My Lords, I am explaining to the House the basis on which we set our defence expenditure. That is a bottom-up approach, reflecting our policy and commitments. It is not made on the basis of comparisons with any other country's expenditure. As for the tables, of course on its website the MoD notes what other countries are spending. I am clearly telling the House that the basis of our defence expenditure is the level of commitment that we must match.
My Lords, can my noble friend confirm my recollection that the first decline in the percentage of defence expenditure came in 1994—I welcomed it at the time—under the Government of those on the Benches opposite? Is it not also true that what you include in defence expenditure and what you do not is very much a matter of national income accounting? For example, if you include pensions, that will considerably enhance the percentage but not improve your defence commitments.
My Lords, I am grateful to my noble friend for his points. He is correct that, under the party opposite, there was a significant real-terms decrease in defence expenditure, which was a reflection of the changes that came about at the end of the Cold War. The track record of this Government shows that, since 1997, there has been a sustained increase in real terms defence expenditure. That is the number that we should focus on.
My Lords, ifthe requirements of our forces to which my noble friend Lord King of Bridgwater has referred are complied with, sourced and adequate, why is comparison with other developed states with a disparate series of requirements relevant in any sense?
My Lords, does my noble friend agree that, with the exception of France, which has already been mentioned, if we are to be critical of defence expenditure, perhaps we should criticise not the United Kingdom but the performance of some of our NATO European allies? What steps are we taking to ensure that they, in the interests of collective security, play their part in meeting the obligations that we should all be sharing on a much more equal basis than at present?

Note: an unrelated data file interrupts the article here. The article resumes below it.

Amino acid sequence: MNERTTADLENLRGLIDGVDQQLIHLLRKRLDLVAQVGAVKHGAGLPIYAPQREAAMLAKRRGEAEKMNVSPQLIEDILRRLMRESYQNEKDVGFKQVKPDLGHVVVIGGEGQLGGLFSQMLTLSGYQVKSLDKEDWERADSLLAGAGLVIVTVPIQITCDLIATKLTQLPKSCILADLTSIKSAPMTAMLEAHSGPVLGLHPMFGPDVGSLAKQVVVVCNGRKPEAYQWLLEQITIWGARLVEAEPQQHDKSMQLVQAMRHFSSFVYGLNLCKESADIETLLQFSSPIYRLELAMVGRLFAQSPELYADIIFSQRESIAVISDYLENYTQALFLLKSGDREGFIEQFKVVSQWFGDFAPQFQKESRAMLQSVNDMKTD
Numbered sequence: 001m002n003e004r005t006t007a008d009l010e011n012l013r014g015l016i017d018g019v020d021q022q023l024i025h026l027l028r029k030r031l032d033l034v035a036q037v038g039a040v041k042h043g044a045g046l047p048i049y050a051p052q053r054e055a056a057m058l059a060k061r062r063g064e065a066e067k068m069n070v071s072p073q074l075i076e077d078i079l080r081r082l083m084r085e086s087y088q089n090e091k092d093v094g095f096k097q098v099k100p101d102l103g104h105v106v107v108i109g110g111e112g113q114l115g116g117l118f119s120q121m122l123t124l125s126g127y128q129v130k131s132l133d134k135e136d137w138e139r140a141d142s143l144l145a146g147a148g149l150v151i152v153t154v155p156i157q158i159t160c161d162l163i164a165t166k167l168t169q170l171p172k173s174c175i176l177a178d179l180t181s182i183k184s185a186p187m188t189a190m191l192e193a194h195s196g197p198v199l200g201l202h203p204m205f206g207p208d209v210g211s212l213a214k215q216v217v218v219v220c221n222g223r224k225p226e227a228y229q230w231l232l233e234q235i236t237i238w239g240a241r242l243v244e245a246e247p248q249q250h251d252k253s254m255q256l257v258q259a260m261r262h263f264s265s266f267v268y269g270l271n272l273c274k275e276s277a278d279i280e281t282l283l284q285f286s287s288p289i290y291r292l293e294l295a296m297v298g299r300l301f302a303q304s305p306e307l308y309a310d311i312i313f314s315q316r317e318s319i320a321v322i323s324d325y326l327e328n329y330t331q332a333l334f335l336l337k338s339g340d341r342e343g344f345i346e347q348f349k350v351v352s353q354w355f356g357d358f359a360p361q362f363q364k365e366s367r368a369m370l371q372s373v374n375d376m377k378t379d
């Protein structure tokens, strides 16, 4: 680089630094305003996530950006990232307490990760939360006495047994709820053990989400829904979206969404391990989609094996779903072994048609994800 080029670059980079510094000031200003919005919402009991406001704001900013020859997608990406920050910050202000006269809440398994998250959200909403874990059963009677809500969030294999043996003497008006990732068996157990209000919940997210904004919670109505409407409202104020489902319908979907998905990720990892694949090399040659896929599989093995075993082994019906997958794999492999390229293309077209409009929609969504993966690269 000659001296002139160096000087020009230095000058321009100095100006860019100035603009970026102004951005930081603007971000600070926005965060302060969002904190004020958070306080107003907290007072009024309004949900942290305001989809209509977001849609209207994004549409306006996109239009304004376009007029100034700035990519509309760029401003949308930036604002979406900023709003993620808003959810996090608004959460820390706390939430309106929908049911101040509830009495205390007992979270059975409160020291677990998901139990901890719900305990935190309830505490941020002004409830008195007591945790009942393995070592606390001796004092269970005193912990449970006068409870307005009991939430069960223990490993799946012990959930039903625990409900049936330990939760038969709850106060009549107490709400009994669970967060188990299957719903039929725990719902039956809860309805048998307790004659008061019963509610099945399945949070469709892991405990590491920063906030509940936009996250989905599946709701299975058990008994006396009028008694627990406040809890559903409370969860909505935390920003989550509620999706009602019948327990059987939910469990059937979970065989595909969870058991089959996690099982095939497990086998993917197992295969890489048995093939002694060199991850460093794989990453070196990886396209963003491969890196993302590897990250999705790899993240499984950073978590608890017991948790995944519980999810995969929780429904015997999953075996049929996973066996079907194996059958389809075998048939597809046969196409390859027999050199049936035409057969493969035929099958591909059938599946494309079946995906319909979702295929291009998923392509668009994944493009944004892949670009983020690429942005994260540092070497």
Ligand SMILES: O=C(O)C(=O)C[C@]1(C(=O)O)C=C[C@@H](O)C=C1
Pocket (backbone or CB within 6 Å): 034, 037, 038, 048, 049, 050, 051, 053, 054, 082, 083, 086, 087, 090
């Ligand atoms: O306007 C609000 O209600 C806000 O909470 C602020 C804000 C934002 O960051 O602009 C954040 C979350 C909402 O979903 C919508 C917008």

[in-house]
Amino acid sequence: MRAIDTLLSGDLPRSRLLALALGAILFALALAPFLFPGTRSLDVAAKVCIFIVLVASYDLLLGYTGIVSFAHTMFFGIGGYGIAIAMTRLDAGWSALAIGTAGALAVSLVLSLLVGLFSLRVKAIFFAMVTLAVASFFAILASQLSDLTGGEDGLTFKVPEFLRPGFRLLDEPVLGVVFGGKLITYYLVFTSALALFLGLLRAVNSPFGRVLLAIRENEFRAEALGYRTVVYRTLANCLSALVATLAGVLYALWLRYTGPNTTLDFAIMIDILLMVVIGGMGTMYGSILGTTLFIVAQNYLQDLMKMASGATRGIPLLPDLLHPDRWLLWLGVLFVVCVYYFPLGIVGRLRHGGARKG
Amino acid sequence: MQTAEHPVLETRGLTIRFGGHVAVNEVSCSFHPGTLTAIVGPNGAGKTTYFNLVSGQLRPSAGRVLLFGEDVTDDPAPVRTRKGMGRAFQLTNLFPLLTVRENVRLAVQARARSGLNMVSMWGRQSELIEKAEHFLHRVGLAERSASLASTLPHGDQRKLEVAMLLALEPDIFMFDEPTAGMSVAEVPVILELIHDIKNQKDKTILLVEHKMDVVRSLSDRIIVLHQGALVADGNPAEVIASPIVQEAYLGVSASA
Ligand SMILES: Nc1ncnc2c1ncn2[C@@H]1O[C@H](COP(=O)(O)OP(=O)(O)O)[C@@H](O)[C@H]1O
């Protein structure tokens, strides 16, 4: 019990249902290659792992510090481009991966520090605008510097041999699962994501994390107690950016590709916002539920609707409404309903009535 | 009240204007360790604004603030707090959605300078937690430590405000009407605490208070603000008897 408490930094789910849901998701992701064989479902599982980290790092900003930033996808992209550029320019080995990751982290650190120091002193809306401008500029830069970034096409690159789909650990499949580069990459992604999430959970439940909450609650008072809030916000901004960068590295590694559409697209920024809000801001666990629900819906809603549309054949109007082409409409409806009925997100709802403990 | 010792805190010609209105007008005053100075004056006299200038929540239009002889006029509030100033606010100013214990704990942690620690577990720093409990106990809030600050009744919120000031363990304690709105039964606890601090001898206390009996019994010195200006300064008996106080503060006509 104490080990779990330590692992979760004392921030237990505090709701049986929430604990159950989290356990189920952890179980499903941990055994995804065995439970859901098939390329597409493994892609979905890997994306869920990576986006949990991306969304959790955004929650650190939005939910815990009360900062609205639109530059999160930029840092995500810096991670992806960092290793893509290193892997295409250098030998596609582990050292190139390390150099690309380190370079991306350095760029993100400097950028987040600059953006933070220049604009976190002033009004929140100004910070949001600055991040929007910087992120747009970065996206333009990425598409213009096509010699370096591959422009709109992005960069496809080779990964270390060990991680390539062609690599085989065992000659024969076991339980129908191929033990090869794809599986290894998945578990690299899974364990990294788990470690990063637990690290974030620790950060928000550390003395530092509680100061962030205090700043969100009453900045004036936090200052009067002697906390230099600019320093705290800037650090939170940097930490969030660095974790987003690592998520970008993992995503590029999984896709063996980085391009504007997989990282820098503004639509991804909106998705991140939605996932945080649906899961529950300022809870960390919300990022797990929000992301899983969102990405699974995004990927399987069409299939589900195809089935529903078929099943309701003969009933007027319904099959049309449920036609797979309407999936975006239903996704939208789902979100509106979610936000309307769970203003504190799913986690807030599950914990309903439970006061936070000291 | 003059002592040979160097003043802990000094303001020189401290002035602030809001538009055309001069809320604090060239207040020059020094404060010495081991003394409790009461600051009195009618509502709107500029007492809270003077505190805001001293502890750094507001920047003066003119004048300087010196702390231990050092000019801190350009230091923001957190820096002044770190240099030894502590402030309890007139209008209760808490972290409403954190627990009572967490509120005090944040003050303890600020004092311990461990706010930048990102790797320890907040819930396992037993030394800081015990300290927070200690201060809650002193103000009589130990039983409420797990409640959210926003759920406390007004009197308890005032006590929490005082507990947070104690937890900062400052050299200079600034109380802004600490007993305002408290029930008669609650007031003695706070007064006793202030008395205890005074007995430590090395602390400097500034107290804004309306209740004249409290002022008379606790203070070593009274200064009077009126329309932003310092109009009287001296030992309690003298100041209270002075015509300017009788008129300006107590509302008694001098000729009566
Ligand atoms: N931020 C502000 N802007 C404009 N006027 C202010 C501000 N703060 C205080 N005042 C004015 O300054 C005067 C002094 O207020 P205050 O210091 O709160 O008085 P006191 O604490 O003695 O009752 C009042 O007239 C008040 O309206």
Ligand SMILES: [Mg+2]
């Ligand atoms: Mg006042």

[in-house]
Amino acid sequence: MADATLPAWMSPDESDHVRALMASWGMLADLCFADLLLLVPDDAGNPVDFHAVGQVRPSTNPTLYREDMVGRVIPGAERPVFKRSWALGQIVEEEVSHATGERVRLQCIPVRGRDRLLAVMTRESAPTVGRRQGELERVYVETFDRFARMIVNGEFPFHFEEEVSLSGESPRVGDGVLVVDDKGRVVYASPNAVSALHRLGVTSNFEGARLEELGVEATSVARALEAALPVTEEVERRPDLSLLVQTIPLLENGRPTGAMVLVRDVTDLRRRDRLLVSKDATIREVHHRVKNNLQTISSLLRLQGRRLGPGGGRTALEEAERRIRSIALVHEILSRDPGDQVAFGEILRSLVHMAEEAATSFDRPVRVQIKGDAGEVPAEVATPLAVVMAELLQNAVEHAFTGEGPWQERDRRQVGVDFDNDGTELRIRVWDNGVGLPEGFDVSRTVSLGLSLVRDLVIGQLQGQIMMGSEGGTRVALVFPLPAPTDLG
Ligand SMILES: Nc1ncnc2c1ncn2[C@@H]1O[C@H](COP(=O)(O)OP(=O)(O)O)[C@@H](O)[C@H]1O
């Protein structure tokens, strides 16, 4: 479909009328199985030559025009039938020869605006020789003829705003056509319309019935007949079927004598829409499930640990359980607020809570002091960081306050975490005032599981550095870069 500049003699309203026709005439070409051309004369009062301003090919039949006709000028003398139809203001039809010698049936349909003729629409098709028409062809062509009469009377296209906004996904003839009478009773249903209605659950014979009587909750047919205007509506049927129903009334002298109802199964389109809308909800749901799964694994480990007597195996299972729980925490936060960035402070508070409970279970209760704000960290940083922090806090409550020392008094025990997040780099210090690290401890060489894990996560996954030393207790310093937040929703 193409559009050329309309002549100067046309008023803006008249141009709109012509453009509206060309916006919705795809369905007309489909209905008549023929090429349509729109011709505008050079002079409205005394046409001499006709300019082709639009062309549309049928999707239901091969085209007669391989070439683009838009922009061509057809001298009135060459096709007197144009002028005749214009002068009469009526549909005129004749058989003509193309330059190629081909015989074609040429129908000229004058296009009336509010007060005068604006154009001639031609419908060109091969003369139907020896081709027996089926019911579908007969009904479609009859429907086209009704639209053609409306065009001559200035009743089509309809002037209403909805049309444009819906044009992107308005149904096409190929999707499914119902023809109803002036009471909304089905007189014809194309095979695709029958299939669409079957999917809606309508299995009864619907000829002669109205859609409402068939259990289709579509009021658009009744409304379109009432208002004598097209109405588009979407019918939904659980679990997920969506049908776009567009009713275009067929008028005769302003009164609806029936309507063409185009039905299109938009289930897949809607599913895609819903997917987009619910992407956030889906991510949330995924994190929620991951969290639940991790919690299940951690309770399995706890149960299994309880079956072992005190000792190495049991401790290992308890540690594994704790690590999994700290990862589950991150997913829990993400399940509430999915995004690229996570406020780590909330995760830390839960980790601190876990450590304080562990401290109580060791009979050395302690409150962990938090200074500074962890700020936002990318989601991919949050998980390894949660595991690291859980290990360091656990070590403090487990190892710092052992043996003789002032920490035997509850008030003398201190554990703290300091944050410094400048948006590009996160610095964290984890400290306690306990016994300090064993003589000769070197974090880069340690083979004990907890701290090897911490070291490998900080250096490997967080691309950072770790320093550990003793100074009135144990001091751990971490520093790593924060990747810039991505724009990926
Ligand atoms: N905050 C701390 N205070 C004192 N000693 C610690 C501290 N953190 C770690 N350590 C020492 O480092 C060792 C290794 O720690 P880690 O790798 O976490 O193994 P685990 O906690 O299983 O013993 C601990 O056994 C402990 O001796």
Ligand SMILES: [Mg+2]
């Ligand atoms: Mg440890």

My Lords, I am grateful to my noble friend for those points. Of course, we need to exhort our coalition partners to make their full contribution to the burden that we must all share in relation to the challenges that we face in the modern world, not least the challenges that we face in reconstruction in Iraq and Afghanistan.
My Lords, if the Government do not make comparisons about defence expenditure, do they make any comparison of the exports of defence materials and armaments? Is it not a surprise that Israel is now exporting more armaments to the rest of the world than the United Kingdom or China?
My Lords, in December last year, the Government set out a clear defence industrial strategy, which set as our number one priority making decisions based on putting our Armed Forces first. It takes into account the great importance of industrial issues, such as defence exports, but sets a clear priority of ensuring that decisions that we make on defence equipment—exports and procurement—put the needs of our Armed Forces first. That is what the Government are doing.